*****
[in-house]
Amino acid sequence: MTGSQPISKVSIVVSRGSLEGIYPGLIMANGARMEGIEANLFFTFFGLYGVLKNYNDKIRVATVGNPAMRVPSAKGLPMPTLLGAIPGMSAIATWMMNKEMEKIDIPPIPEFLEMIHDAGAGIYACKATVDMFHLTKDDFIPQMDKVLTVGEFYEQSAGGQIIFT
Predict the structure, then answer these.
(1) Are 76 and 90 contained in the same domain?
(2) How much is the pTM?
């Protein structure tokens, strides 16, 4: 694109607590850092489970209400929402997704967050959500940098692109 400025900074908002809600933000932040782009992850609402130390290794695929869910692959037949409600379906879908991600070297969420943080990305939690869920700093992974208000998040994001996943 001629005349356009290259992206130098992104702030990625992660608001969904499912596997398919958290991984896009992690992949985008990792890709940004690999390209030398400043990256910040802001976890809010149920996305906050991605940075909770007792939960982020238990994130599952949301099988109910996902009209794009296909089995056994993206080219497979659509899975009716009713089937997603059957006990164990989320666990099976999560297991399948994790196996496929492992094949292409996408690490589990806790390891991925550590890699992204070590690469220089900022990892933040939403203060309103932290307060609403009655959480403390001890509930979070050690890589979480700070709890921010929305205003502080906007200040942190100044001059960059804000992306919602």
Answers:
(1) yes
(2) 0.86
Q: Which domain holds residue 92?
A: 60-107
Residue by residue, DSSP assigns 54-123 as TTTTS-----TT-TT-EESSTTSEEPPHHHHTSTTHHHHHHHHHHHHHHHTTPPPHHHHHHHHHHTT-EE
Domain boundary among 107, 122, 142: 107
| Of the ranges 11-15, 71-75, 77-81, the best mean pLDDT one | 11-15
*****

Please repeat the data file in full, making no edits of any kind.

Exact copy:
[in-house]
Amino acid sequence: MTGSQPISKVSIVVSRGSLEGIYPGLIMANGARMEGIEANLFFTFFGLYGVLKNYNDKIRVATVGNPAMRVPSAKGLPMPTLLGAIPGMSAIATWMMNKEMEKIDIPPIPEFLEMIHDAGAGIYACKATVDMFHLTKDDFIPQMDKVLTVGEFYEQSAGGQIIFT
Predict the structure, then answer these.
(1) Are 76 and 90 contained in the same domain?
(2) How much is the pTM?
């Protein structure tokens, strides 16, 4: 694109607590850092489970209400929402997704967050959500940098692109 400025900074908002809600933000932040782009992850609402130390290794695929869910692959037949409600379906879908991600070297969420943080990305939690869920700093992974208000998040994001996943 001629005349356009290259992206130098992104702030990625992660608001969904499912596997398919958290991984896009992690992949985008990792890709940004690999390209030398400043990256910040802001976890809010149920996305906050991605940075909770007792939960982020238990994130599952949301099988109910996902009209794009296909089995056994993206080219497979659509899975009716009713089937997603059957006990164990989320666990099976999560297991399948994790196996496929492992094949292409996408690490589990806790390891991925550590890699992204070590690469220089900022990892933040939403203060309103932290307060609403009655959480403390001890509930979070050690890589979480700070709890921010929305205003502080906007200040942190100044001059960059804000992306919602």
Answers:
(1) yes
(2) 0.86
Q: Which domain holds residue 92?
A: 60-107
Residue by residue, DSSP assigns 54-123 as TTTTS-----TT-TT-EESSTTSEEPPHHHHTSTTHHHHHHHHHHHHHHHTTPPPHHHHHHHHHHTT-EE
Domain boundary among 107, 122, 142: 107
| Of the ranges 11-15, 71-75, 77-81, the best mean pLDDT one | 11-15